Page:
Modify medical staff rules, employee privacy agreements as well as business associate agreements to address the use of social media;

and Monitor mentions of your organization on various social media sites to guard against potential health information breaches."

Mitigating Risks in the Cloud - A Checklist for Managing Vendor Relations

From EDD Blog online, by Howard Anderson, posted by Jeffery Fehrman.

This post outlines an interview taken by Howard Anderson of HealthcareInfoSecurity, providing comments from Feisal Nanji, Executive Director of the security consulting company Techumen.

The points of the interview discuss issues such as chain of custody for the cloud, keeping track of how software interacts with data in the cloud, and proper administration of cloud data.  The article provides a link to a more detailed article about the interview, posted on govinfosecurity.

Catalyst Secure, Stored IQ Partner to Help Client's Better Manage E-Discovery

This is a press release from Catalyst Secure.

SRM Legal is pleased that two service providers that SRM Legal can provide to our clients, have combined their advanced technological capabilities to better assist corporations and outside counsel law firms with the eDiscovery process.

As the press release indicates, "Two of the nation’s most innovative e-discovery companies, Catalyst Repository Systems and StoredIQ, announced today that they have formed a cooperative partnership to enable enterprises to better manage e-discovery, from collection and identification all the way through review and production.

Catalyst, headquartered in Denver, is a pioneer in providing cloud-based document repositories for e-discovery and complex legal matters. StoredIQ, based in Austin, Texas, is a leading provider of enterprise-class information governance solutions. StoredIQ's Intelligent eDiscovery solution helps organizations respond rapidly and efficiently to legal matters, litigation or investigations.

As technology partners, Catalyst and StoredIQ provide enterprises with end-to-end management of e-discovery. Enterprises can now locate, collect, process, analyze, review and produce documents more efficiently, with greater consistency and speed from start to finish and far less likelihood of errors or delays."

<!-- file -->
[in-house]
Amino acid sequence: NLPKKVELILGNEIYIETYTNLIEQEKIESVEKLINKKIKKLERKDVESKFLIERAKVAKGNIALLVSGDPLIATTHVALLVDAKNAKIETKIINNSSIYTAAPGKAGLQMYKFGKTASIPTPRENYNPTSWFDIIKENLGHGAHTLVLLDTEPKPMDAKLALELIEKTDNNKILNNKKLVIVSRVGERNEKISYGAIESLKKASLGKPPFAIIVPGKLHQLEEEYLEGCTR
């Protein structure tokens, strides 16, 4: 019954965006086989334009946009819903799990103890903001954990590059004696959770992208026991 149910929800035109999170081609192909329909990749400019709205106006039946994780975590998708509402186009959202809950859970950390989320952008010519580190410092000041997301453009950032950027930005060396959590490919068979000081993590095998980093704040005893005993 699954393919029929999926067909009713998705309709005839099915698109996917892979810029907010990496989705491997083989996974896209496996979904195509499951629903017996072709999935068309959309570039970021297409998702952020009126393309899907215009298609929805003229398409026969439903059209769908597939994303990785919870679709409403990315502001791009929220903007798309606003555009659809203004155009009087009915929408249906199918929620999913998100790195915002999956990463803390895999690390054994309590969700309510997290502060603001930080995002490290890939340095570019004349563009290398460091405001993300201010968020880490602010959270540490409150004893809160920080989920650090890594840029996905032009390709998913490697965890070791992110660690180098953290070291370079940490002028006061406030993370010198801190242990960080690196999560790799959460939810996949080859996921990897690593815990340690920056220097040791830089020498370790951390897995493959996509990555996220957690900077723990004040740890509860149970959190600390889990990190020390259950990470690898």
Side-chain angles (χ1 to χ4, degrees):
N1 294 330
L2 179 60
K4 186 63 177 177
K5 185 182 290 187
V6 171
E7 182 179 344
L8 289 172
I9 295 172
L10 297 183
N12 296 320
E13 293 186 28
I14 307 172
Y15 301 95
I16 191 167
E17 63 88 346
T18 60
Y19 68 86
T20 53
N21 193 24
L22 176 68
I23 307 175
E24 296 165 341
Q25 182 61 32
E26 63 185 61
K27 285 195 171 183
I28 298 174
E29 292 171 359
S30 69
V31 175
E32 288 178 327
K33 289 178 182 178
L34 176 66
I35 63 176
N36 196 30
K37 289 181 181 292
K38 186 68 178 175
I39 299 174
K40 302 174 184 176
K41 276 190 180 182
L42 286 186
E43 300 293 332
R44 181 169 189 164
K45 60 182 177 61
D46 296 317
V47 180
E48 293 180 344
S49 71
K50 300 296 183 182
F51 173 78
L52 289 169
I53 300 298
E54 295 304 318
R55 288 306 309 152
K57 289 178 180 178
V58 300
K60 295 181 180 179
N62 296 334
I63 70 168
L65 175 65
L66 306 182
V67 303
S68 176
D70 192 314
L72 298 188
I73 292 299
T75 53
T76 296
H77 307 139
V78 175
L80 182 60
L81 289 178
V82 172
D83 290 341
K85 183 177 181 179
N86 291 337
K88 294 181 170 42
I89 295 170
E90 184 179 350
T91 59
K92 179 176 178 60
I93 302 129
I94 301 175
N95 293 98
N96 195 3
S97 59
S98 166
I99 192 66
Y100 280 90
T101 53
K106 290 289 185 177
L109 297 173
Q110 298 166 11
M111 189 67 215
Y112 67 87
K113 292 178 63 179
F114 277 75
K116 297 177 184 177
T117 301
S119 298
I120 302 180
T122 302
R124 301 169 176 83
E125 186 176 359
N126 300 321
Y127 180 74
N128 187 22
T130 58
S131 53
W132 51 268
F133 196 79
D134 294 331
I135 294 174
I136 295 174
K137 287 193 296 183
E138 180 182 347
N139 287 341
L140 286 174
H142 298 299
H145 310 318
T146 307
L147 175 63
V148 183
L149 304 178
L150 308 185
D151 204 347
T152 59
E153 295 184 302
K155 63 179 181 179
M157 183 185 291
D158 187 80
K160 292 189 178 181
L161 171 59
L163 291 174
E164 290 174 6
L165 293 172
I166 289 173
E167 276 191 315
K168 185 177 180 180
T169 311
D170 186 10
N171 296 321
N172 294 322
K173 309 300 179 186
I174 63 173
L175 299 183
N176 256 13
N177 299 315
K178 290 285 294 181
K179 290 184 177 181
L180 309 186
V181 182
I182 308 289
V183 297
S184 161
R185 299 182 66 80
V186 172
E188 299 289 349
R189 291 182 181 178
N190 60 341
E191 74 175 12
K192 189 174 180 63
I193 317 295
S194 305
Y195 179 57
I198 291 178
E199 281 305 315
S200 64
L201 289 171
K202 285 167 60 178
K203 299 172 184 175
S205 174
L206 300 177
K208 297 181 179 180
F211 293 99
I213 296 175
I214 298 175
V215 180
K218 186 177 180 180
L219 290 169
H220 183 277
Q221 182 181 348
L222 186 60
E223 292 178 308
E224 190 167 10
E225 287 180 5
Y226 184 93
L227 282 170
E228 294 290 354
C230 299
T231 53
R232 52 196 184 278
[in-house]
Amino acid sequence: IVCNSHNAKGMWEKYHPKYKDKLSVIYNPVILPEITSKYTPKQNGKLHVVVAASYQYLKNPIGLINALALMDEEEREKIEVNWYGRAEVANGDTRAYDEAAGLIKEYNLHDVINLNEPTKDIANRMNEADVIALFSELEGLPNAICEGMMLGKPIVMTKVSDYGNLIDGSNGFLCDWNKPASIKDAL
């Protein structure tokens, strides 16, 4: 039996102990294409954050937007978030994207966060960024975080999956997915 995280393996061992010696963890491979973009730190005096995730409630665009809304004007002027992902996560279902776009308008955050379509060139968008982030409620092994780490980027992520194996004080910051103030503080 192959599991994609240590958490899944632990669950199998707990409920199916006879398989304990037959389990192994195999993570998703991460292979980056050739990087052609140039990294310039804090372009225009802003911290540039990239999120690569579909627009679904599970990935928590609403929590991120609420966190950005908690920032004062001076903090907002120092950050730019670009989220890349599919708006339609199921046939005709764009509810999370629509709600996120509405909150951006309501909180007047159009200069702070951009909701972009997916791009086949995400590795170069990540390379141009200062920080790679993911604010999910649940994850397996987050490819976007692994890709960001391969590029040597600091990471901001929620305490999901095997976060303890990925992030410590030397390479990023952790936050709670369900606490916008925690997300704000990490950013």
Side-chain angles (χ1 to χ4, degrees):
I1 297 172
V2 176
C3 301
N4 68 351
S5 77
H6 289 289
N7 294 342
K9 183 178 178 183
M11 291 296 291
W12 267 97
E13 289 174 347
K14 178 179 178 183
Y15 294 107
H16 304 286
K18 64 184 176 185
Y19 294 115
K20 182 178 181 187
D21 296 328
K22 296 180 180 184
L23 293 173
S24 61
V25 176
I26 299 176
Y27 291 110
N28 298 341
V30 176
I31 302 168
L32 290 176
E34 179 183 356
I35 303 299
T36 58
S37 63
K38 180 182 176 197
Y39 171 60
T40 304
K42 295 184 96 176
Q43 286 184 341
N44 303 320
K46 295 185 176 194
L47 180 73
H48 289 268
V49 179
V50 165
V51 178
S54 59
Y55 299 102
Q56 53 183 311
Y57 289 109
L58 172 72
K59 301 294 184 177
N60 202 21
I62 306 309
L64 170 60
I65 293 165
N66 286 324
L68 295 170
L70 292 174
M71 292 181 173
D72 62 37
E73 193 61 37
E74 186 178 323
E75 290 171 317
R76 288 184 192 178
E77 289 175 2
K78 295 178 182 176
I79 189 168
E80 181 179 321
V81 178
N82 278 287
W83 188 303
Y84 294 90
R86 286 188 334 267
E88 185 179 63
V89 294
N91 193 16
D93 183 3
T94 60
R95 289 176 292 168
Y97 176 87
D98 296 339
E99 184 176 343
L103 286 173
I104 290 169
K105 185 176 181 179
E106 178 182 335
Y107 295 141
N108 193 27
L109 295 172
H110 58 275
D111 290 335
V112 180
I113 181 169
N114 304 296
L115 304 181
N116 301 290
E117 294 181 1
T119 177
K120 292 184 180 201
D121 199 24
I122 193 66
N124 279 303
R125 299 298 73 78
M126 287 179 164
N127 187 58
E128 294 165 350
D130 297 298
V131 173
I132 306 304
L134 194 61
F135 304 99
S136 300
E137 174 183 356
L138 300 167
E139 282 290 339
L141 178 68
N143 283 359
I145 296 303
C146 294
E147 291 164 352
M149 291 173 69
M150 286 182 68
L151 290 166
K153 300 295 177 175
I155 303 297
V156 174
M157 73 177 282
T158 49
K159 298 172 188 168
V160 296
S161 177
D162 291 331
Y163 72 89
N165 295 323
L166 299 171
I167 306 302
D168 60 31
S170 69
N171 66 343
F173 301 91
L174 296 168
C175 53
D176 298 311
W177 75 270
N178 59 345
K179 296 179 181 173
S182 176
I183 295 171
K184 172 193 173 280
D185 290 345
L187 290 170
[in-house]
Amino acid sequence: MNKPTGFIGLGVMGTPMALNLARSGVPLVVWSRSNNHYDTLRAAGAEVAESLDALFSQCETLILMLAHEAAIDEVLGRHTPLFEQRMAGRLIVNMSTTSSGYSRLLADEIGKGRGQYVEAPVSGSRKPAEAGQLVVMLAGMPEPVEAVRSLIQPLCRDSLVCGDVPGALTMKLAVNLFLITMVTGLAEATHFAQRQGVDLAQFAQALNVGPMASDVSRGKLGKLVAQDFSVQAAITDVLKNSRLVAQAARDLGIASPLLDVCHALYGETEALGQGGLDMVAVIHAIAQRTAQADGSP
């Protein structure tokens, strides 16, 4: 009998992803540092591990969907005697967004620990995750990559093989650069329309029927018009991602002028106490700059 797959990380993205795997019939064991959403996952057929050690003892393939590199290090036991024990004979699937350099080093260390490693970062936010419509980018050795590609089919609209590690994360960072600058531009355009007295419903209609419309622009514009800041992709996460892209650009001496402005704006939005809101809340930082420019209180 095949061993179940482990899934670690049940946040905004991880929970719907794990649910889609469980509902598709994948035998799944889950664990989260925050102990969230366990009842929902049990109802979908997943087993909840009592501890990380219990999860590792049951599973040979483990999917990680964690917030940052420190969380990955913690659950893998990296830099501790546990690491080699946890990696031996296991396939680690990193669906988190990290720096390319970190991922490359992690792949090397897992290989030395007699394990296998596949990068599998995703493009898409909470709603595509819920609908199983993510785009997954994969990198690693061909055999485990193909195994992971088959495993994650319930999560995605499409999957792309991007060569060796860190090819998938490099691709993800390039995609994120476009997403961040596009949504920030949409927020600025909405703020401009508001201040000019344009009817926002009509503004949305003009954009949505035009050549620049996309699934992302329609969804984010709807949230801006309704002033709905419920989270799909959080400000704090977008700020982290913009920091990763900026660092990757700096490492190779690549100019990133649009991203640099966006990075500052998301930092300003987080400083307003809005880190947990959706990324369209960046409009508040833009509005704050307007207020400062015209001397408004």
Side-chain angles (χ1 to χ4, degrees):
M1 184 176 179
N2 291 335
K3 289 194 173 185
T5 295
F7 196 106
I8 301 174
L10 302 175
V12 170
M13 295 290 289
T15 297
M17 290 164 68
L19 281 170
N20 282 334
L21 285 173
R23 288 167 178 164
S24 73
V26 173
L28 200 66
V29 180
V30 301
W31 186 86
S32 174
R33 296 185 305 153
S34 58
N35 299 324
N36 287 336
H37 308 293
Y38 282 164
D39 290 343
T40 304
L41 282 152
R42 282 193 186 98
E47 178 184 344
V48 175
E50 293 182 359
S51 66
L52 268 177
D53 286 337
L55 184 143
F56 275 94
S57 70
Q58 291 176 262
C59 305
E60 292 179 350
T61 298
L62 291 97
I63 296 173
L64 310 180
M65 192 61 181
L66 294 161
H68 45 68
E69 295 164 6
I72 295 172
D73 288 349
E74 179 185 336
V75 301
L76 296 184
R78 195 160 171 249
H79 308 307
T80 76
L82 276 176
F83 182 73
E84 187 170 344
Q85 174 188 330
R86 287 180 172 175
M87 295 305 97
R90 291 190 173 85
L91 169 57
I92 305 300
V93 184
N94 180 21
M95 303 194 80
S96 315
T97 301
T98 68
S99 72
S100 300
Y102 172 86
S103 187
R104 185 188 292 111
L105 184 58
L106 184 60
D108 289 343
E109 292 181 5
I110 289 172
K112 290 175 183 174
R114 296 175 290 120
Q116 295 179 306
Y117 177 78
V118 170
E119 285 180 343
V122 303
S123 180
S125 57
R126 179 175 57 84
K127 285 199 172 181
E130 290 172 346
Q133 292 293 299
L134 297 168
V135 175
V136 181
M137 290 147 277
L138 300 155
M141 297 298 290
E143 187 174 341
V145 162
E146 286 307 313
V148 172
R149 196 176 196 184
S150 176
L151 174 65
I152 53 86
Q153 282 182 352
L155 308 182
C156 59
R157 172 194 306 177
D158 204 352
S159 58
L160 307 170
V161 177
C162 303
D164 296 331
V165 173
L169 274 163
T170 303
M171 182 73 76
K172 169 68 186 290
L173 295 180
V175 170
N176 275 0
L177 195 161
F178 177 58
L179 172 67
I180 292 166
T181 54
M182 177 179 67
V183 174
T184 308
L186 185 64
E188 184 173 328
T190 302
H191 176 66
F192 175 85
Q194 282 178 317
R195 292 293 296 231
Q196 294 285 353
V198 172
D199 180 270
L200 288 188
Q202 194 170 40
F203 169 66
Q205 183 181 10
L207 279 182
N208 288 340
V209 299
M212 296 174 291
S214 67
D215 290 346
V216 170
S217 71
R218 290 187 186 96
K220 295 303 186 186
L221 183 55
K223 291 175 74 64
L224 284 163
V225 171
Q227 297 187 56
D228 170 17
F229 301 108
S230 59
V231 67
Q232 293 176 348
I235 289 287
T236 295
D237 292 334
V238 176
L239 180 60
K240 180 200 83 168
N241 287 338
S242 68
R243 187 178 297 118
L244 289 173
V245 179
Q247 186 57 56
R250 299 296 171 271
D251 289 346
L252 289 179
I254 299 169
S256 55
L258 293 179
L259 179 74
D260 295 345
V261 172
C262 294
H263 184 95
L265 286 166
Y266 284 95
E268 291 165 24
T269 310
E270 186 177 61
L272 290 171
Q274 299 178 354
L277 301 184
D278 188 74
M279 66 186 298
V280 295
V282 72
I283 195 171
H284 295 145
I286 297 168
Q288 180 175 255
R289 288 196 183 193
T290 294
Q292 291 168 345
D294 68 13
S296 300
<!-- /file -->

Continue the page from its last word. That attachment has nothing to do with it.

8 Factors to Consider in Creating a Document Management Strategy

Article by Joan Honig, appearing on

This article provides 8 items to plan for when preparing to create a document management/records management strategy.  The factors discussed include:

1. Establish an enterprise-wide approach
2. Make process re-engineering part of the plan
3. Identify champions among stakeholders in each department or functional group
4. Plan for line-of-business extension and integration
5. Encourage collaboration but control access
6. Provide remote and mobile access
7. Don’t forget to measure incremental process improvement and track ROI
8. Develop a strategy with the flexibility to accommodate change by enabling integration with emerging technology

Nexidia Integrates Audio and Visual Discovery into Relativity

This is a press release issued by kCura's Relativity, a solution that is offered by SRM Legal.

SRM is very pleased to be able to provide Relativity for attorney review, and the addition of Nexidia's technology makes Relativity a more complete solution for attorney review, further enhancing the process.

Nexidia is the audio and video search company with patented technologies and breakthrough applications that enable legal professionals to quickly and accurately search, review, and categorize large volumes of audio and video in response to discovery, regulatory, or compliance investigations. Nexidia was recently named the 2011 Market Winner in Speech Analytics by Speech Technology, the fifth consecutive year the company has earned this recognition.